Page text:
The University of Maryland yesterday introduced Gerald S. Gurney as its new assistant athletic director in charge of overseeing the athletic department's academic support unit.
Gurney spent the last three years at Southern Methodist University, whose football program was put out of commission for this season and next season because of recruiting violations.
"The reform at SMU is largely recruiting," Gurney said at a news conference. "I feel that my record and our program was such that it provided SMU with something to be proud of in light of some of the negative things that were happening."
In introducing Gurney, Maryland Athletic Director Lew Perkins said, "We looked at a person who could take our program from where it is today and, in three or four years, make it the best academic support program in the country. . . . We feel that it is one of the most important positions in our athletic program."
Maryland's athletic department came under criticism following revelations of academic shortcomings of athletes following the June 19, 1986 death of basketball star Len Bias. At that time, the academic coordinator was Jim Dietsch, who was later moved to ticket manager and then let go as part of budget cuts in the athletic department.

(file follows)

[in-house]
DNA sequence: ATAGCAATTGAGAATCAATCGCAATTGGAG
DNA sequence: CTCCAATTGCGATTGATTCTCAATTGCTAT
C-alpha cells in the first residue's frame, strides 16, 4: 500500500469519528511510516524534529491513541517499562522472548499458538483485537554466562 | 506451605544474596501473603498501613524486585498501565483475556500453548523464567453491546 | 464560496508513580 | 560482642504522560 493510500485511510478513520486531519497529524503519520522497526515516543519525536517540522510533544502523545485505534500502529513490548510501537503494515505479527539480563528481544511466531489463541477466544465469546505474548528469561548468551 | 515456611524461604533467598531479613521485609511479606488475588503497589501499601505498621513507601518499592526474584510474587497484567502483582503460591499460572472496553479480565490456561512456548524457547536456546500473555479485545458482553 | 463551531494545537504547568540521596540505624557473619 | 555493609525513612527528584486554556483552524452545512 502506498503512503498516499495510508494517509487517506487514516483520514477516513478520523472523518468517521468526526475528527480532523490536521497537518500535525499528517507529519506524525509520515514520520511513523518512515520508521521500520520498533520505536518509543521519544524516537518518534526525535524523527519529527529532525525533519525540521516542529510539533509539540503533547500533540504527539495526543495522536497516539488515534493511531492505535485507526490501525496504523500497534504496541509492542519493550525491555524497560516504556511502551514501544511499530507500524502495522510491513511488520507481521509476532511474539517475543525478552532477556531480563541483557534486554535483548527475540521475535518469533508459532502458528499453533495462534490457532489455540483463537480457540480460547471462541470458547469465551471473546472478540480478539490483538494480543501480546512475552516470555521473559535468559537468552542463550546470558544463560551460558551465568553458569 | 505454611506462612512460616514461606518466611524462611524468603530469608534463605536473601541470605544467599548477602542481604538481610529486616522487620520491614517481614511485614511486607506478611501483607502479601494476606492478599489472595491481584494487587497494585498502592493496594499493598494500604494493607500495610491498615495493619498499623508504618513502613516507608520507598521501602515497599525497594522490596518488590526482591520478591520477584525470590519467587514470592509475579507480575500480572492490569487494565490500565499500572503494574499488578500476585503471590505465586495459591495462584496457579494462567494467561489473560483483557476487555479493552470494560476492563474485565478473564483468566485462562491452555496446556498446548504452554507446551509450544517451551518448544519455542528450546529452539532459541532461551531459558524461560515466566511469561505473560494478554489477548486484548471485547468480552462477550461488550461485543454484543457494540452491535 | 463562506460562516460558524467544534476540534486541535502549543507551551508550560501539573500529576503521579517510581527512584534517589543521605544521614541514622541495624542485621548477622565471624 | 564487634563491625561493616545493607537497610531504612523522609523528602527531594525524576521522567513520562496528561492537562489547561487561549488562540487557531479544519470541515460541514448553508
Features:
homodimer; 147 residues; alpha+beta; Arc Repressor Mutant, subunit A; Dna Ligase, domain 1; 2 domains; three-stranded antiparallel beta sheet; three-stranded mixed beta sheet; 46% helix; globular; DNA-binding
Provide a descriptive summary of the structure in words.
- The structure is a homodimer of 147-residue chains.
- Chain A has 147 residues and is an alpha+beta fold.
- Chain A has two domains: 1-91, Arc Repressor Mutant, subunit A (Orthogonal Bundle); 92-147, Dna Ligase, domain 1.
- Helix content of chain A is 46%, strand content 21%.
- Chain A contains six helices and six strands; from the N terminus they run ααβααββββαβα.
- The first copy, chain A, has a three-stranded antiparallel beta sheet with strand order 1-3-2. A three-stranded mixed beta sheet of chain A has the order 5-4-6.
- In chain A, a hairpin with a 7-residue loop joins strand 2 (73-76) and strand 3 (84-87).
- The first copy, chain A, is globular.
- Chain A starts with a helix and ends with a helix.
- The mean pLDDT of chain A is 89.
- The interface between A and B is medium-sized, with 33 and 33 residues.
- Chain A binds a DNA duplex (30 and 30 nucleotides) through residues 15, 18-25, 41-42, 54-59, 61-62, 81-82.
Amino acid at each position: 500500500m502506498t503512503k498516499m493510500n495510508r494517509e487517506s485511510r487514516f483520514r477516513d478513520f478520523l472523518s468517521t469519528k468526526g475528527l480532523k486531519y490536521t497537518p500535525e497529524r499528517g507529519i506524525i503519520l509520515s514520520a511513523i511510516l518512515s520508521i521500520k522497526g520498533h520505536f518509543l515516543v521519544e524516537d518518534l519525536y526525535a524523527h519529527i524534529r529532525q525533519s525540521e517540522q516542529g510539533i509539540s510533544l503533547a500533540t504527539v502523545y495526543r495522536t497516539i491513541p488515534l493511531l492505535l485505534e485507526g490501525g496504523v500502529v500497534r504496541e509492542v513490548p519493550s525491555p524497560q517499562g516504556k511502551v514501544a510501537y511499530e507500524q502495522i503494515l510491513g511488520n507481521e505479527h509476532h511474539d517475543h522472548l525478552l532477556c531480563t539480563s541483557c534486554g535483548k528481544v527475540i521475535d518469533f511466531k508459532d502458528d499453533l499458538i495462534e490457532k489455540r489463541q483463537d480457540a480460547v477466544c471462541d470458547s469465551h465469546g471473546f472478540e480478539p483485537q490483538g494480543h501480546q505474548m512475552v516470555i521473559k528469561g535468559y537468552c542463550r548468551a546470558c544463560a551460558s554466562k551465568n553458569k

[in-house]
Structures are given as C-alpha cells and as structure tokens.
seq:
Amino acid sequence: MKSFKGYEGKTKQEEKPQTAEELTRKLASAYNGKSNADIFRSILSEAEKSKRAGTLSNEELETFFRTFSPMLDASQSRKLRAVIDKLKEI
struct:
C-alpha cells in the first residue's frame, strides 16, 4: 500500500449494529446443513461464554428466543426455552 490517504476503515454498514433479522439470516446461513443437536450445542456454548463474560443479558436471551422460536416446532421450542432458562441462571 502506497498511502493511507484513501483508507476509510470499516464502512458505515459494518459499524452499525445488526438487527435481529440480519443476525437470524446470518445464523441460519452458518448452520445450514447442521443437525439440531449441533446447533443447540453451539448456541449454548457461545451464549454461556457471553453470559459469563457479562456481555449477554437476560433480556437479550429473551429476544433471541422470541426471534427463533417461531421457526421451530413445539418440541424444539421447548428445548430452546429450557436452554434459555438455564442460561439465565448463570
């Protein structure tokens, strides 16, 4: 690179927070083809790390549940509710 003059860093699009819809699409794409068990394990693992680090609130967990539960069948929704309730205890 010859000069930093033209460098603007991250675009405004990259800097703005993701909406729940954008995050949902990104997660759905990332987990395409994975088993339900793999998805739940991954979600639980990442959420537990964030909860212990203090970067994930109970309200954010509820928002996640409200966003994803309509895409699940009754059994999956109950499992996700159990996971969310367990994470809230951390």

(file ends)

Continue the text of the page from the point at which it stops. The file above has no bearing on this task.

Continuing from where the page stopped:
Perkins said he was not worried about any stigma that might come with hiring anyone from a scandal-plagued school like SMU.
"We did a lot of research, not just on Gerry, but on the other people as well," Perkins said of four other candidates. "Gerry is considered the foremost person in his field. I think if you look at what happened at SMU, there was never a trace of discussion about academic integrity. And I don't believe in guilt by association."
When Gurney was hired by SMU in 1984, 42 percent of the school's football players graduated; a College Football Association survey shows the figure is up to 71 percent.
Gurney said he chose to come to Maryland because of what he perceived as the reform-minded leadership of Maryland Chancellor John Slaughter and Perkins.
"I don't look at Maryland as a troubled program," Gurney said. "But I regard Maryland as searching for reform and mandating it."
Before joining the staff at SMU, Gurney, 36, spent three years in an academic counseling position at Iowa State, where, in 1980, he received his doctorate in higher education administration.
Gurney will earn a salary of about $55,000, according to Perkins. Perkins said he wasn't sure what the academic support unit's budget would be, but estimated it might approach $400,000-$500,000.